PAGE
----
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Supreme Court Review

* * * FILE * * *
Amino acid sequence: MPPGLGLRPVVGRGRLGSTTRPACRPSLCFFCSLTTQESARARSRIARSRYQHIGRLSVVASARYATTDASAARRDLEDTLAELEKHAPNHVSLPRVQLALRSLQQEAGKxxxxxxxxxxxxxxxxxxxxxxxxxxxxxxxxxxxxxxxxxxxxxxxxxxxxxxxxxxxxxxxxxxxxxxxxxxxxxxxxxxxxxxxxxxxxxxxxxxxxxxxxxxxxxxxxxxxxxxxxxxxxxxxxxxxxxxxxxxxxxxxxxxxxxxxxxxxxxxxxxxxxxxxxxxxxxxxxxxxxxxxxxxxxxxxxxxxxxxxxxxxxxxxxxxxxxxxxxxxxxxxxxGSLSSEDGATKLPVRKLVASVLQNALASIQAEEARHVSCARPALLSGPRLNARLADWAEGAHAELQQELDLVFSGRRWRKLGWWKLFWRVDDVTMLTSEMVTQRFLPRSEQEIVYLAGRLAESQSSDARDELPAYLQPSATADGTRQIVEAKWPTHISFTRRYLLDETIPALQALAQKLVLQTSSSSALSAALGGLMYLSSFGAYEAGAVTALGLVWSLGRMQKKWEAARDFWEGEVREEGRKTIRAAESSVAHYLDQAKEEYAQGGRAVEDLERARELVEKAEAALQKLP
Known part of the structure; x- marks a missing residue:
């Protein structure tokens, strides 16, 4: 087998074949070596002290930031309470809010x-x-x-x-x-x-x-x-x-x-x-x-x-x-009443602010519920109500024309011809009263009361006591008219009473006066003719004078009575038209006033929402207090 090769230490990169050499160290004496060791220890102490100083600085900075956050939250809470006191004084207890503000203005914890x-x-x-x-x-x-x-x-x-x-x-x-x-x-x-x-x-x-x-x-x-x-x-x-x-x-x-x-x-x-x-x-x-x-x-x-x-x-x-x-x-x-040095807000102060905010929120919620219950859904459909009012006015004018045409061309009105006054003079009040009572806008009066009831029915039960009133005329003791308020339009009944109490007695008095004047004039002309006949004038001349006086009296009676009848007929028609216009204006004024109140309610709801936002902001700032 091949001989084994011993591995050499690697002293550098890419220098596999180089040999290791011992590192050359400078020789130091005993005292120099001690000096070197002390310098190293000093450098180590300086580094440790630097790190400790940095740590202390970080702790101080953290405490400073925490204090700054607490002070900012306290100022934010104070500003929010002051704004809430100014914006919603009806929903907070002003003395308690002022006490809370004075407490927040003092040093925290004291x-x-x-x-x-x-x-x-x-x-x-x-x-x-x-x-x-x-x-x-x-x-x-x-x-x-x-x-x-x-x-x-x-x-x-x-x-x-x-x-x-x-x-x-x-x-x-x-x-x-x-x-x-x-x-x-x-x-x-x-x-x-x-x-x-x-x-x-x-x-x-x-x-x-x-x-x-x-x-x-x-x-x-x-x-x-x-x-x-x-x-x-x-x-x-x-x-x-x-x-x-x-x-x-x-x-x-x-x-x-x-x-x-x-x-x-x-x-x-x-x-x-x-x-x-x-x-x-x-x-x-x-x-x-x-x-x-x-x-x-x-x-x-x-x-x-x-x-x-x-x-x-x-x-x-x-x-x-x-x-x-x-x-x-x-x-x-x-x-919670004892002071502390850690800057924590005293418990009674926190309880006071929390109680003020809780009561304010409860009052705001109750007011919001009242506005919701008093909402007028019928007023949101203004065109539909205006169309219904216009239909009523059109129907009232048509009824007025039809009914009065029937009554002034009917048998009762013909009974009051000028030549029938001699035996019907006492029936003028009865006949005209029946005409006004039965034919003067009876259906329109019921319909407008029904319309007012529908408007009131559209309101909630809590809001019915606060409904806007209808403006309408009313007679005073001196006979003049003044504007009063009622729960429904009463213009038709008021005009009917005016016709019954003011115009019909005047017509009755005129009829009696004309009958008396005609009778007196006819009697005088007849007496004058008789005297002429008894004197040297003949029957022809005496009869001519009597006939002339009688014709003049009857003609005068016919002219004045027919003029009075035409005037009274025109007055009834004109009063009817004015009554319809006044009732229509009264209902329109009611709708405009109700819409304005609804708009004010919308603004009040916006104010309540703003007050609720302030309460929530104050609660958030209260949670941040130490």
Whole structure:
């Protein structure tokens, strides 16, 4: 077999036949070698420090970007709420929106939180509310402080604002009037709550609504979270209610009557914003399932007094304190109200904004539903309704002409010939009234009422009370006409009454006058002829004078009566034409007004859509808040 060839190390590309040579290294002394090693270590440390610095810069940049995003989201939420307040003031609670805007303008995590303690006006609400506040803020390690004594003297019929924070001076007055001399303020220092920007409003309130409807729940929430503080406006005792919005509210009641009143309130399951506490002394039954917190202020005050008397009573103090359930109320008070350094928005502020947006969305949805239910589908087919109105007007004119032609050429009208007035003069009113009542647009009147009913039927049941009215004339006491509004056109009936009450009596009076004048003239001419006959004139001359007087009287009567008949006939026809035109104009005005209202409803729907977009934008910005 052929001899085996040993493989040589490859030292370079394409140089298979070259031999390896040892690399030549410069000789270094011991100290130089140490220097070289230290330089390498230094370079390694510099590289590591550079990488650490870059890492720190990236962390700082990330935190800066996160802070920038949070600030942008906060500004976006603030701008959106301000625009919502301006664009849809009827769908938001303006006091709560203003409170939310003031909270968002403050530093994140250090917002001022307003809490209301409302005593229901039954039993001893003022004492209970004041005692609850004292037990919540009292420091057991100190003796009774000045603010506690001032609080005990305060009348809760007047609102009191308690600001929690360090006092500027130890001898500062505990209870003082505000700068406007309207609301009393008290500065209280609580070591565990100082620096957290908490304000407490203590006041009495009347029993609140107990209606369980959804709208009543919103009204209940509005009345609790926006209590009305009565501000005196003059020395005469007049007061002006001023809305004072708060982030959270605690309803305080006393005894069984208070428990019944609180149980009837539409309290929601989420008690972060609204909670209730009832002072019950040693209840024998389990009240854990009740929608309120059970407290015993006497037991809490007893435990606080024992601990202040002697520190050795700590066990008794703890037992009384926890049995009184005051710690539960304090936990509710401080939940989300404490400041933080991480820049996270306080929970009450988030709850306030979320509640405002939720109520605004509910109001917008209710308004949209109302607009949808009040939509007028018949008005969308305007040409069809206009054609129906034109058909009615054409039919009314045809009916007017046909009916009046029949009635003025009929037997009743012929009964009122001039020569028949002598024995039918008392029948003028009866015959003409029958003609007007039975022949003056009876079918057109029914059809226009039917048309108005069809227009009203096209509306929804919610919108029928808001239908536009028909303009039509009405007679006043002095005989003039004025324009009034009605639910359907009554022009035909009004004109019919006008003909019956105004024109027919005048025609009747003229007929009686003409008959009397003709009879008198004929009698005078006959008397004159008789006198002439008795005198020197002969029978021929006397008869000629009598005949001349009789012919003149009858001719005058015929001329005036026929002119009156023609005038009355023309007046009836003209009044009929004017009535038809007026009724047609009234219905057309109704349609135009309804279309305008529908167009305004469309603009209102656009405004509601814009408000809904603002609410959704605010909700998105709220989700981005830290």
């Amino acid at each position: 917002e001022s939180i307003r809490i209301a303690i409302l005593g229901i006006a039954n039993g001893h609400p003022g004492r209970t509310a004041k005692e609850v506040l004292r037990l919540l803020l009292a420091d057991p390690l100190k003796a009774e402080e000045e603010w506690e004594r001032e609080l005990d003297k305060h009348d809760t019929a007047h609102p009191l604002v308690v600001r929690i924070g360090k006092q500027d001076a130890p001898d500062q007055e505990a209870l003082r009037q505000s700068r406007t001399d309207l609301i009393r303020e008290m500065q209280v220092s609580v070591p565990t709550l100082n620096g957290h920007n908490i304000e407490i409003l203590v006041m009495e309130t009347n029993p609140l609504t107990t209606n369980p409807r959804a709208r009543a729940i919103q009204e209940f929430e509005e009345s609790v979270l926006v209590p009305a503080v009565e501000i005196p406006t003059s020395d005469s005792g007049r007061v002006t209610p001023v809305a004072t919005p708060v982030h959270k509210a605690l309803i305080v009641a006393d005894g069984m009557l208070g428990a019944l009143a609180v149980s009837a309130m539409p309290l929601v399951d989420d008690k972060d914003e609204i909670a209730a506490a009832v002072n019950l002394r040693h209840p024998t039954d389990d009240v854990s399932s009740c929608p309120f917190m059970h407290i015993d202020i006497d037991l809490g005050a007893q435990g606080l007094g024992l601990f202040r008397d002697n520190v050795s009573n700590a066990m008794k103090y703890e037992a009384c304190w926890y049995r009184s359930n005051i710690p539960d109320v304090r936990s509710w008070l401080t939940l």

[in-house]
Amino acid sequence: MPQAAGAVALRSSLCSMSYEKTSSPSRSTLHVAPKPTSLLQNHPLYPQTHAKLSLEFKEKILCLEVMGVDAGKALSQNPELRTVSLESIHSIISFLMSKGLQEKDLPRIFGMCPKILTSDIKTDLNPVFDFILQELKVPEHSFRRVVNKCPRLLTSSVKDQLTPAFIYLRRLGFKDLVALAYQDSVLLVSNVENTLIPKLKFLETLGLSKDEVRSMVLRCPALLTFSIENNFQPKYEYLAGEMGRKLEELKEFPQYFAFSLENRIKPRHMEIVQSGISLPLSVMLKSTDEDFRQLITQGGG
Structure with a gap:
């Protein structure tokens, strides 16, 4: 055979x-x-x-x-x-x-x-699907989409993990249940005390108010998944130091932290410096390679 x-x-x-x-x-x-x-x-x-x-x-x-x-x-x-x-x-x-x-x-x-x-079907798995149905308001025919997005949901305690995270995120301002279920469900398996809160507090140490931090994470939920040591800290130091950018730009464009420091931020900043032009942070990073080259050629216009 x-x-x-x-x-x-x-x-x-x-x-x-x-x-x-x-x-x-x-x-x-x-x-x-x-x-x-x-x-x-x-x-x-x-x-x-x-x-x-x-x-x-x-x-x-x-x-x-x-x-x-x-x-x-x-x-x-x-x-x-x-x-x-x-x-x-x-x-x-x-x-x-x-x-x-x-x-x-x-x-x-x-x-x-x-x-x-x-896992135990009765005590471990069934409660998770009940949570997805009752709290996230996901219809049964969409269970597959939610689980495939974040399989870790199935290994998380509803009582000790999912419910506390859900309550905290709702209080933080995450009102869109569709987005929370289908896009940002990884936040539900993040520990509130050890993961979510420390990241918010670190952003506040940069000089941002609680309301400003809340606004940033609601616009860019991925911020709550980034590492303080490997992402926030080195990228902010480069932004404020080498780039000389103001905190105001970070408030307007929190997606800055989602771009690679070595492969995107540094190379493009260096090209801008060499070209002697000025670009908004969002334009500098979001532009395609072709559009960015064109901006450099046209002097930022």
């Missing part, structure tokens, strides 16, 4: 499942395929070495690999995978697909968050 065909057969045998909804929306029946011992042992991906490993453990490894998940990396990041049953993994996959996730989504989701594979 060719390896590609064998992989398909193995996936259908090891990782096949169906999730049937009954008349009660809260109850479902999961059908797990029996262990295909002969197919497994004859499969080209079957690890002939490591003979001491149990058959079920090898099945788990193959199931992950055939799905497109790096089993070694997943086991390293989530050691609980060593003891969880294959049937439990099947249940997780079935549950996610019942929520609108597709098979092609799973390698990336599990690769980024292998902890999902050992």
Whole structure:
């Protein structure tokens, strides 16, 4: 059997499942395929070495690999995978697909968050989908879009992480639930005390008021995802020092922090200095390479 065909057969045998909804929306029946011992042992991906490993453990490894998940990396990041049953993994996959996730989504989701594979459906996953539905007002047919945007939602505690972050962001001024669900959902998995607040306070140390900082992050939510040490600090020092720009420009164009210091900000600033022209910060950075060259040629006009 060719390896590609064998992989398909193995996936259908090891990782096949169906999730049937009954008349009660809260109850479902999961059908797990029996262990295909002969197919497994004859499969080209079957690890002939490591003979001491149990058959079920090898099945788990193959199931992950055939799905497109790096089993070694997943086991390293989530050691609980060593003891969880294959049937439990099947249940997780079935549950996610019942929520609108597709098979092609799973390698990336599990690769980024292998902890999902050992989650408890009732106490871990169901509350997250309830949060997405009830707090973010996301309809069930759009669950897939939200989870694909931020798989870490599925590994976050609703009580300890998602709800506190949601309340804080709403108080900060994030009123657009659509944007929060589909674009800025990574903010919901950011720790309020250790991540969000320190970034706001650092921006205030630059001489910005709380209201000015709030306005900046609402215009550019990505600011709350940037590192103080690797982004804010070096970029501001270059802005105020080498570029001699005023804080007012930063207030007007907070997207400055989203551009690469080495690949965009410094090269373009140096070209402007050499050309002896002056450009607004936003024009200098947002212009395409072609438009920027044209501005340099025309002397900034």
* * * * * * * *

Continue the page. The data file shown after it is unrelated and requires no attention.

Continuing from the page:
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Although decided forty-five years ago, SEC v Cbenery Corp. ("Cbenery II") remains the Supreme Court's leading statement on the issue of retroactivity in administrative adjudication. According to Chenery II, administrative agencies may give meaning to statutory terms through adjudication, even if the rules applied in a particular adjudication have not been previously announced. The Court acknowledged that "announcing and applying a new standard of conduct" in an adjudicative proceeding would have a retroactive effect, but concluded that the agency's duty to be faithful to the "statutory design or to legal and equitable principles" may override concerns about retroactivity. The Court has since reaffirmed the Chenery II principle, but it has not revisited in detail the issue of adjudicative retroactivity in the administrative law setting. A newer chestnut, Chevron, U.S.A., Inc. v Natural Resources Defense Council, Inc., has added another principle of deference to the administrative law lexicon. According to Chevron's two-stage test, if a reviewing court cannot determine congressional intent on a particular issue of statutory construction (stage 1), then the court should defer to a reasonable agency interpretation (stage 2), rather than construct what the court believes would be a generally sound rule of law. Although Chevron might be considered jurisprudentially consistent with Chenery II in establishing a rule of deference to administrative agencies, it contains instead the seed of Chenery II's undoing. For one can read Chevron as establishing not merely a principle of deference, but also a method for distinguishing between when agencies are following the law laid down by Congress, and when they are, in essence, acting as legislators in their own right. In Part II, I discuss the connection between values of the rule of law and the concurrent norms of legislative prospectivity and adjudicative retroactivity. In Part III, I argue that adjudicative retroactivity should hold only when the premise that adjudicators are merely applying antecedent rules also holds. In Part IV, I respond to various defenses of Chenery II, which acknowledge the possible damage to values of the rule of law done by applying rules retroactively in some adjudications, but which nonetheless contend that the modem administrative state requires such retroactivity. Finally, in Part V, I defend the view that adjudicators may sometimes apply rules prospectively only.